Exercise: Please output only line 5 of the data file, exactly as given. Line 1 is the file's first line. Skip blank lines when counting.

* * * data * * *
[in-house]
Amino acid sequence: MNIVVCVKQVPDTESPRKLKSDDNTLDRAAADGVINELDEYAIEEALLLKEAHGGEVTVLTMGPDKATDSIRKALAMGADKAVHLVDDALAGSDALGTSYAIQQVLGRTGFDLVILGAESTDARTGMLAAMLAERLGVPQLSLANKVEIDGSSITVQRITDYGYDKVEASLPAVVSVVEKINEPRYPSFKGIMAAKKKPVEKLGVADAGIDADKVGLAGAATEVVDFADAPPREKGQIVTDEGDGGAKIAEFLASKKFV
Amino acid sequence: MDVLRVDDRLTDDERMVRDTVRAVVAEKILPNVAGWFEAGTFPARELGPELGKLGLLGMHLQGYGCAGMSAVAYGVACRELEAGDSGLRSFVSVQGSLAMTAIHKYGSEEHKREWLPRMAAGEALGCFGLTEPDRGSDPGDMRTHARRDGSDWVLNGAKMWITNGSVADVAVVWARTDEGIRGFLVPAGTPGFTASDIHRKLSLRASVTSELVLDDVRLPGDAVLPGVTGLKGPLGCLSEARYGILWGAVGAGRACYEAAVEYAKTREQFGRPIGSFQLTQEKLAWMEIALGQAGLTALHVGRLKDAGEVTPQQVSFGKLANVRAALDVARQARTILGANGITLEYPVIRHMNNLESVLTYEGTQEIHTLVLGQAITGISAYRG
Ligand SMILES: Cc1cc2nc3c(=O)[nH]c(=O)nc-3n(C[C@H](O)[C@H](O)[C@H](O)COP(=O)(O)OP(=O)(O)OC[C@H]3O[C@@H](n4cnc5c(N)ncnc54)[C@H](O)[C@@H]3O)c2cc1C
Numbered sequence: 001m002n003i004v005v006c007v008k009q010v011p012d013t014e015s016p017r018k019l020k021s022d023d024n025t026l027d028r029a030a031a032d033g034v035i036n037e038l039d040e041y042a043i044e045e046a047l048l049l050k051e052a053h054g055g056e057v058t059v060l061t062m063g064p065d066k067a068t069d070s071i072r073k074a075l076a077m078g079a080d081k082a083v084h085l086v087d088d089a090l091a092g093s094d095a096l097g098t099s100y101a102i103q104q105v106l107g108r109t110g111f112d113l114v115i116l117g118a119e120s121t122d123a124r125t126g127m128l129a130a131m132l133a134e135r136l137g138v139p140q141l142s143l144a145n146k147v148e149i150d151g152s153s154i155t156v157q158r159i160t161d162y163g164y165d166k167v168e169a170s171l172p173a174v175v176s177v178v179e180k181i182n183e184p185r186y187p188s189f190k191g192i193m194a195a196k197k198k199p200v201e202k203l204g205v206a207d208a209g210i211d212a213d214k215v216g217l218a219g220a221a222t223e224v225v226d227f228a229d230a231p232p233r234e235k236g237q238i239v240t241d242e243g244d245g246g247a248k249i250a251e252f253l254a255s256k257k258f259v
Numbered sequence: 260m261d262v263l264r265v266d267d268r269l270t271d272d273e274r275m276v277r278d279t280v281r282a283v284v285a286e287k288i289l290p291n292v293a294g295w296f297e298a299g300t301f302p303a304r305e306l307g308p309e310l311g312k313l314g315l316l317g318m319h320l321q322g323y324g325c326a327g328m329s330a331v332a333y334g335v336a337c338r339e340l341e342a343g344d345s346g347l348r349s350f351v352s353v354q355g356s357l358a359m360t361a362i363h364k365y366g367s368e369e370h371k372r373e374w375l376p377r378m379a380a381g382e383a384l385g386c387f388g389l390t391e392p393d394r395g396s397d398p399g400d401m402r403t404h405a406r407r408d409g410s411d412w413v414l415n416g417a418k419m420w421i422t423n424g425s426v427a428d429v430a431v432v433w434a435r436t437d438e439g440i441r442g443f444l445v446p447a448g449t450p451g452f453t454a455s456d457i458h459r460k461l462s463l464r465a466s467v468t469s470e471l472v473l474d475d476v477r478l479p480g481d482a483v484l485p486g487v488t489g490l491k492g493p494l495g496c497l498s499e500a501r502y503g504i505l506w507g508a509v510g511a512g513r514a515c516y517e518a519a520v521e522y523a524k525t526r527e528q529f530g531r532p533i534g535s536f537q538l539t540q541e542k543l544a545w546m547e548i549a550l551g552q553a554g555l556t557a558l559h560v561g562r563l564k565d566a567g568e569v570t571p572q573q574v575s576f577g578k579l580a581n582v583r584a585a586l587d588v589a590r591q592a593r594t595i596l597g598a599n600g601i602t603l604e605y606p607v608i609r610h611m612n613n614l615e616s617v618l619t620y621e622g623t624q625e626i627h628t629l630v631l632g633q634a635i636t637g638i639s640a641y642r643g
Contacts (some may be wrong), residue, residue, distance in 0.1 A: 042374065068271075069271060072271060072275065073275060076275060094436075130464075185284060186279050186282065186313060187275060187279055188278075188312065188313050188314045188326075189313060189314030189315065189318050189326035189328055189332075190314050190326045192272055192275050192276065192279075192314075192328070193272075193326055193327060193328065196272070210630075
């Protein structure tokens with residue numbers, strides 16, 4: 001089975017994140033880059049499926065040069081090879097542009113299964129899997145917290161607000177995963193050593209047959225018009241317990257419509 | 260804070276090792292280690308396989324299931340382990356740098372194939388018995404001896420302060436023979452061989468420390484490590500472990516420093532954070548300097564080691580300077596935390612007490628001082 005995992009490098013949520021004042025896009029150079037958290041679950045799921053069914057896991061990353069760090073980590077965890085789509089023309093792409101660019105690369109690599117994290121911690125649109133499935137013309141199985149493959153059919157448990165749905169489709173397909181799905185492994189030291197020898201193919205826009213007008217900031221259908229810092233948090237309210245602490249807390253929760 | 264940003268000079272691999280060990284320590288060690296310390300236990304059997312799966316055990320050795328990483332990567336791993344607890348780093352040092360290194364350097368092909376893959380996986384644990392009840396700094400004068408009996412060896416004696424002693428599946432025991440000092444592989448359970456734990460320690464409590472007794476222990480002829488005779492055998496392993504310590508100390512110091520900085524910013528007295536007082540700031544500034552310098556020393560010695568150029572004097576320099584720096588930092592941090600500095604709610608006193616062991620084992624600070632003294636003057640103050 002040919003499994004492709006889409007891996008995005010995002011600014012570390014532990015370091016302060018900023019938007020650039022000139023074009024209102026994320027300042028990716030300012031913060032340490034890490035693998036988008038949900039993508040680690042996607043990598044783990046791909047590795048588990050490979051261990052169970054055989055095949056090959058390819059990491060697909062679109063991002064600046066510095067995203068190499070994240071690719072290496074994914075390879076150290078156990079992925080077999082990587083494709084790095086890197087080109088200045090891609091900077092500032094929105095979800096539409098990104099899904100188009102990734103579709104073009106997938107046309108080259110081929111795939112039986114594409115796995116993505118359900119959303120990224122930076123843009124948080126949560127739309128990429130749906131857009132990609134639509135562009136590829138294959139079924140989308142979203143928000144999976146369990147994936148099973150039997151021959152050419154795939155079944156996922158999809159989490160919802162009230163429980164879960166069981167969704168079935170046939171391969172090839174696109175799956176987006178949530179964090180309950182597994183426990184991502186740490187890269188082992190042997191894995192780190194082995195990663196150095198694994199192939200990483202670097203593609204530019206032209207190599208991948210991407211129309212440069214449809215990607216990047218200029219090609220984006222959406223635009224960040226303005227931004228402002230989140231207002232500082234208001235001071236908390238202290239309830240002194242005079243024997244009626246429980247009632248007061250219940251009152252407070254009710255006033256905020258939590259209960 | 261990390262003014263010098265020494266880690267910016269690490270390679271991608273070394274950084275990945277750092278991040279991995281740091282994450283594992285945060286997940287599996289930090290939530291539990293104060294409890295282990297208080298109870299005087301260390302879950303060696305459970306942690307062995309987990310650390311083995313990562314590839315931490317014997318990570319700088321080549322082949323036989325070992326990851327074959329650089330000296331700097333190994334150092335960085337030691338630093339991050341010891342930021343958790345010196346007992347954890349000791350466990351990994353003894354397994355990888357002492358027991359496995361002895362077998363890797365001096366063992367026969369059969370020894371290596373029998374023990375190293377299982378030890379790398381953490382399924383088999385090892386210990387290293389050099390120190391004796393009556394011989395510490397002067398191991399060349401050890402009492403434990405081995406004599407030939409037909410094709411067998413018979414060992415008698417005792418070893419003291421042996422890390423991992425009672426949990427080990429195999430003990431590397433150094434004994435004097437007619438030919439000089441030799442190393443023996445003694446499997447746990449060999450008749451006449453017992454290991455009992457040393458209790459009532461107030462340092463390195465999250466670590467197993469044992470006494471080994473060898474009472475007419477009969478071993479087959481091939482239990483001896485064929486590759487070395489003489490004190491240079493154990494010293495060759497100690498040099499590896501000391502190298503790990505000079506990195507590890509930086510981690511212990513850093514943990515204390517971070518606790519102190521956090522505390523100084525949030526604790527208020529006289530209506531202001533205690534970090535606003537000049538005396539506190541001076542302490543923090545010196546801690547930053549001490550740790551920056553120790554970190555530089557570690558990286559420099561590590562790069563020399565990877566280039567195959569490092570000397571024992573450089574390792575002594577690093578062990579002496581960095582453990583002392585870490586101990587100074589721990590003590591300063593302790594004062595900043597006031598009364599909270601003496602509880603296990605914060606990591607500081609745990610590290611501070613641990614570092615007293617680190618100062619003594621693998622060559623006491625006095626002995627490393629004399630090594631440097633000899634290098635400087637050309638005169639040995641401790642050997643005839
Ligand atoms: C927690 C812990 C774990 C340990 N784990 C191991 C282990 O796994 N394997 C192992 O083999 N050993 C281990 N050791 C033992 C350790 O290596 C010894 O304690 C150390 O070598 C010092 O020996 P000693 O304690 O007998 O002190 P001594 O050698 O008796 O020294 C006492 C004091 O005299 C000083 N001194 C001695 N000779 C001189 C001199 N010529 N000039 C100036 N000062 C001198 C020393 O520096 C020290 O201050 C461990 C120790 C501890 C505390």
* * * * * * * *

Numbered sequence: 001m002n003i004v005v006c007v008k009q010v011p012d013t014e015s016p017r018k019l020k021s022d023d024n025t026l027d028r029a030a031a032d033g034v035i036n037e038l039d040e041y042a043i044e045e046a047l048l049l050k051e052a053h054g055g056e057v058t059v060l061t062m063g064p065d066k067a068t069d070s071i072r073k074a075l076a077m078g079a080d081k082a083v084h085l086v087d088d089a090l091a092g093s094d095a096l097g098t099s100y101a102i103q104q105v106l107g108r109t110g111f112d113l114v115i116l117g118a119e120s121t122d123a124r125t126g127m128l129a130a131m132l133a134e135r136l137g138v139p140q141l142s143l144a145n146k147v148e149i150d151g152s153s154i155t156v157q158r159i160t161d162y163g164y165d166k167v168e169a170s171l172p173a174v175v176s177v178v179e180k181i182n183e184p185r186y187p188s189f190k191g192i193m194a195a196k197k198k199p200v201e202k203l204g205v206a207d208a209g210i211d212a213d214k215v216g217l218a219g220a221a222t223e224v225v226d227f228a229d230a231p232p233r234e235k236g237q238i239v240t241d242e243g244d245g246g247a248k249i250a251e252f253l254a255s256k257k258f259v